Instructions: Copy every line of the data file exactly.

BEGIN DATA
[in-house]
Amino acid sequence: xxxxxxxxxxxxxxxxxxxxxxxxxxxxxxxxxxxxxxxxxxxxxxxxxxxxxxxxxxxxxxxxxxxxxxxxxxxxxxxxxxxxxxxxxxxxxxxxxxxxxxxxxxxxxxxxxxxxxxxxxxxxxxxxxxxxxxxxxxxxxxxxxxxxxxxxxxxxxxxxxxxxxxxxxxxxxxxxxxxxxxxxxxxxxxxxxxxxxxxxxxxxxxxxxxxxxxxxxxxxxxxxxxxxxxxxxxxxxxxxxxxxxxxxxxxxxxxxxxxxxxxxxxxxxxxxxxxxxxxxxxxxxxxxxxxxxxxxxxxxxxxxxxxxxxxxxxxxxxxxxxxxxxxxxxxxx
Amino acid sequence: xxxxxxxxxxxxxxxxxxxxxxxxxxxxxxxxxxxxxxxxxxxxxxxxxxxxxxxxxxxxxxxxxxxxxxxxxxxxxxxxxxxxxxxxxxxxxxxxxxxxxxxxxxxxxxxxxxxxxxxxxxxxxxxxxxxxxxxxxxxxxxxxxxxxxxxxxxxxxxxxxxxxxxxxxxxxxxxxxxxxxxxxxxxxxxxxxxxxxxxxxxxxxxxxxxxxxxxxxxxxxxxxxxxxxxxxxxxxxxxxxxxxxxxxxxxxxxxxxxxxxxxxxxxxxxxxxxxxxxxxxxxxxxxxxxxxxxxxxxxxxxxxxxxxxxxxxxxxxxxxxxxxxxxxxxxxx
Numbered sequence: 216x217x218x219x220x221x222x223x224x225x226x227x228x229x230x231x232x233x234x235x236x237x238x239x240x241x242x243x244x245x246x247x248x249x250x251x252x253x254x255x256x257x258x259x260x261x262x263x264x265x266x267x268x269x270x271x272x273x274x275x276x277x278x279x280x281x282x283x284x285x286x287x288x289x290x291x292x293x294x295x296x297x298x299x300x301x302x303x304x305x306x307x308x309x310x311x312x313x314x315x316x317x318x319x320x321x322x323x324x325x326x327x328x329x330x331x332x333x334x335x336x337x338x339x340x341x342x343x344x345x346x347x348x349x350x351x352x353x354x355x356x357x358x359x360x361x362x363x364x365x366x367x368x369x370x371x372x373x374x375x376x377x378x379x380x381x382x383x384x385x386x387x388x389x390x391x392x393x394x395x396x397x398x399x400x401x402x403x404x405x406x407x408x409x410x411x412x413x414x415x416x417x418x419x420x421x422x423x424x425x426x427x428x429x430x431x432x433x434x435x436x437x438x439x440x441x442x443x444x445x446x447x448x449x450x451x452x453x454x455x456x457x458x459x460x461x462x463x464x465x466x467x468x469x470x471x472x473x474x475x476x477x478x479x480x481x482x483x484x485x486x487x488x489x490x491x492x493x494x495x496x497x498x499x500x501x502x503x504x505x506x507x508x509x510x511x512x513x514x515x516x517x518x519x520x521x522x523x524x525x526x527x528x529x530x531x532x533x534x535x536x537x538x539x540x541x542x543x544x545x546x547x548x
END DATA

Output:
[in-house]
Amino acid sequence: xxxxxxxxxxxxxxxxxxxxxxxxxxxxxxxxxxxxxxxxxxxxxxxxxxxxxxxxxxxxxxxxxxxxxxxxxxxxxxxxxxxxxxxxxxxxxxxxxxxxxxxxxxxxxxxxxxxxxxxxxxxxxxxxxxxxxxxxxxxxxxxxxxxxxxxxxxxxxxxxxxxxxxxxxxxxxxxxxxxxxxxxxxxxxxxxxxxxxxxxxxxxxxxxxxxxxxxxxxxxxxxxxxxxxxxxxxxxxxxxxxxxxxxxxxxxxxxxxxxxxxxxxxxxxxxxxxxxxxxxxxxxxxxxxxxxxxxxxxxxxxxxxxxxxxxxxxxxxxxxxxxxxxxxxxxxx
Amino acid sequence: xxxxxxxxxxxxxxxxxxxxxxxxxxxxxxxxxxxxxxxxxxxxxxxxxxxxxxxxxxxxxxxxxxxxxxxxxxxxxxxxxxxxxxxxxxxxxxxxxxxxxxxxxxxxxxxxxxxxxxxxxxxxxxxxxxxxxxxxxxxxxxxxxxxxxxxxxxxxxxxxxxxxxxxxxxxxxxxxxxxxxxxxxxxxxxxxxxxxxxxxxxxxxxxxxxxxxxxxxxxxxxxxxxxxxxxxxxxxxxxxxxxxxxxxxxxxxxxxxxxxxxxxxxxxxxxxxxxxxxxxxxxxxxxxxxxxxxxxxxxxxxxxxxxxxxxxxxxxxxxxxxxxxxxxxxxxx
Numbered sequence: 216x217x218x219x220x221x222x223x224x225x226x227x228x229x230x231x232x233x234x235x236x237x238x239x240x241x242x243x244x245x246x247x248x249x250x251x252x253x254x255x256x257x258x259x260x261x262x263x264x265x266x267x268x269x270x271x272x273x274x275x276x277x278x279x280x281x282x283x284x285x286x287x288x289x290x291x292x293x294x295x296x297x298x299x300x301x302x303x304x305x306x307x308x309x310x311x312x313x314x315x316x317x318x319x320x321x322x323x324x325x326x327x328x329x330x331x332x333x334x335x336x337x338x339x340x341x342x343x344x345x346x347x348x349x350x351x352x353x354x355x356x357x358x359x360x361x362x363x364x365x366x367x368x369x370x371x372x373x374x375x376x377x378x379x380x381x382x383x384x385x386x387x388x389x390x391x392x393x394x395x396x397x398x399x400x401x402x403x404x405x406x407x408x409x410x411x412x413x414x415x416x417x418x419x420x421x422x423x424x425x426x427x428x429x430x431x432x433x434x435x436x437x438x439x440x441x442x443x444x445x446x447x448x449x450x451x452x453x454x455x456x457x458x459x460x461x462x463x464x465x466x467x468x469x470x471x472x473x474x475x476x477x478x479x480x481x482x483x484x485x486x487x488x489x490x491x492x493x494x495x496x497x498x499x500x501x502x503x504x505x506x507x508x509x510x511x512x513x514x515x516x517x518x519x520x521x522x523x524x525x526x527x528x529x530x531x532x533x534x535x536x537x538x539x540x541x542x543x544x545x546x547x548x